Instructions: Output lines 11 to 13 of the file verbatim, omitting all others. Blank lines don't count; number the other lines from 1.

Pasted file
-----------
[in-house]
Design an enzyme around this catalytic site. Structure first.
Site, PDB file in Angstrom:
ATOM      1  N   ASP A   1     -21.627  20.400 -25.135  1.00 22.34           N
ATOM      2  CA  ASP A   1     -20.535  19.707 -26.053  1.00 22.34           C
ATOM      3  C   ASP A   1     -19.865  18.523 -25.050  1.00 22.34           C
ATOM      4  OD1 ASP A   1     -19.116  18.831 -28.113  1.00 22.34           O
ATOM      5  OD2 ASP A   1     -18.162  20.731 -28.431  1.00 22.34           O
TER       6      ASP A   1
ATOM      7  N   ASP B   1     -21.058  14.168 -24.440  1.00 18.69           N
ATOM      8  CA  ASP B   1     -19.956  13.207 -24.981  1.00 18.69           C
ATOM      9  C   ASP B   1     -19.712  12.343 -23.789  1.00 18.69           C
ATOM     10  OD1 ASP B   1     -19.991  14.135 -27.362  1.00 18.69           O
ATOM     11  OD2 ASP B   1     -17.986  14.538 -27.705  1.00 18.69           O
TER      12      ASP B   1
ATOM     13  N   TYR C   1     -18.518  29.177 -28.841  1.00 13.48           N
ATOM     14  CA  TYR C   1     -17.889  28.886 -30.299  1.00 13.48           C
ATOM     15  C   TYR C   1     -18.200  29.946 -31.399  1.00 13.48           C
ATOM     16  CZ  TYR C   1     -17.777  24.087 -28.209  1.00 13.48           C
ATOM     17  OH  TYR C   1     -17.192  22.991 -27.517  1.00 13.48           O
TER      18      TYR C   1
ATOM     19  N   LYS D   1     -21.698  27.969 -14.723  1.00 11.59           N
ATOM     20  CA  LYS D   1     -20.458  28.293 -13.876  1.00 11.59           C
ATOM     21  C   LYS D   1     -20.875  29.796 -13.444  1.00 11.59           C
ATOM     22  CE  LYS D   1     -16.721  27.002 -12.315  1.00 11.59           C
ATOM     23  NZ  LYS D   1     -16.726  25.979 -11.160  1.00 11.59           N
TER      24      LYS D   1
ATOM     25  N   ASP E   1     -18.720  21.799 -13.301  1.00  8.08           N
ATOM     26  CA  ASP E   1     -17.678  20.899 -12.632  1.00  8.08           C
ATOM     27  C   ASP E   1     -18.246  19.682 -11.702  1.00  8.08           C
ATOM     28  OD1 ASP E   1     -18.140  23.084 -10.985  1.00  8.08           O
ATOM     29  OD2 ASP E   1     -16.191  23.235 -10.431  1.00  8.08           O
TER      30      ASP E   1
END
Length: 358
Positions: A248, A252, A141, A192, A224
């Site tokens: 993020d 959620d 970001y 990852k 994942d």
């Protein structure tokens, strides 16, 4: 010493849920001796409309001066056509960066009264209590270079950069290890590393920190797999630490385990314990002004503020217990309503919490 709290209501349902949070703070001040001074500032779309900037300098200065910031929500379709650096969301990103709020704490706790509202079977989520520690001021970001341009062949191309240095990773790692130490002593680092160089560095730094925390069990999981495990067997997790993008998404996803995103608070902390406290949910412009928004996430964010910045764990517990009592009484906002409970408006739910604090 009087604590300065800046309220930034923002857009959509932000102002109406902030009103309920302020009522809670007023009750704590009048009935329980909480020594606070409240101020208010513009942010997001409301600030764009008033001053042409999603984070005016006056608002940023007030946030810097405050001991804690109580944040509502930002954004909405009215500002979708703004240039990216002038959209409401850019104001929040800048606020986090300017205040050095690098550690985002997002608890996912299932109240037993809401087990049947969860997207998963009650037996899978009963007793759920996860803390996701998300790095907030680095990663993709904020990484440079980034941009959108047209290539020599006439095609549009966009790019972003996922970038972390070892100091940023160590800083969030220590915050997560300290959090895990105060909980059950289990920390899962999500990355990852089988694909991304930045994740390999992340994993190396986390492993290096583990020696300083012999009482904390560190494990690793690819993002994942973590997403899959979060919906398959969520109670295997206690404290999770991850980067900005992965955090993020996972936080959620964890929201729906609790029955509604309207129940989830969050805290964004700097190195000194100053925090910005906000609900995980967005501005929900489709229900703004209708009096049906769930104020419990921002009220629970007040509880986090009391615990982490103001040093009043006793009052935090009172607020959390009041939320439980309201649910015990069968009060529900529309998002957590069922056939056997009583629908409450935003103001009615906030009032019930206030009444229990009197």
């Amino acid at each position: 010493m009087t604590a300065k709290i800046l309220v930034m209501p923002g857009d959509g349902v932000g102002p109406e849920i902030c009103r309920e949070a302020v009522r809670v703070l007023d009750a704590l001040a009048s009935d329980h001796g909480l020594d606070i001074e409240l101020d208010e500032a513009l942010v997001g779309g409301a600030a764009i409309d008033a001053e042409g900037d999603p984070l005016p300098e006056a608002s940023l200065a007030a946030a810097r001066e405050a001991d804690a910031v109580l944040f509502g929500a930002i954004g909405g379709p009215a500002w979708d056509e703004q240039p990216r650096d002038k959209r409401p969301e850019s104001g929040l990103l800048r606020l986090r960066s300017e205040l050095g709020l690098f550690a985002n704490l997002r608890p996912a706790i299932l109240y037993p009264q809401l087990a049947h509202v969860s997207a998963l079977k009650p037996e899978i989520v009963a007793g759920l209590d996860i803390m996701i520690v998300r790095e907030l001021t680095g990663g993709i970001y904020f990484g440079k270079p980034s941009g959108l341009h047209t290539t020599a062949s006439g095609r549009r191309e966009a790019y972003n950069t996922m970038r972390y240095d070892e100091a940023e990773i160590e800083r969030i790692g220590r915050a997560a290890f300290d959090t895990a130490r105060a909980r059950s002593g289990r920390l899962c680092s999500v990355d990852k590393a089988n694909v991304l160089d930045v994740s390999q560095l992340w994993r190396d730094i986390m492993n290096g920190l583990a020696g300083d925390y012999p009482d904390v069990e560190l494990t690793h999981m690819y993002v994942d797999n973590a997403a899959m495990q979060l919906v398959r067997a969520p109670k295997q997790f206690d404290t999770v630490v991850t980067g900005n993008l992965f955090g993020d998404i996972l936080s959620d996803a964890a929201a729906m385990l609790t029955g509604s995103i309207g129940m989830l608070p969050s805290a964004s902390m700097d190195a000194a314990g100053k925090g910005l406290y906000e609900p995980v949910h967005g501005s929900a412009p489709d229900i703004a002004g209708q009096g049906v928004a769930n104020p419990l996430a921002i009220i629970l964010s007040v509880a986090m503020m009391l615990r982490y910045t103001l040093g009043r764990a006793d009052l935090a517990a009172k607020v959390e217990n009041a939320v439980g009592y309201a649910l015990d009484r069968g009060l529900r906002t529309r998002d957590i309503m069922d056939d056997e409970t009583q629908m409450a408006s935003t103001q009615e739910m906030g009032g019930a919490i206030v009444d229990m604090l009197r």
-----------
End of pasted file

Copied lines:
ATOM      8  CA  ASP B   1     -19.956  13.207 -24.981  1.00 18.69           C
ATOM      9  C   ASP B   1     -19.712  12.343 -23.789  1.00 18.69           C
ATOM     10  OD1 ASP B   1     -19.991  14.135 -27.362  1.00 18.69           O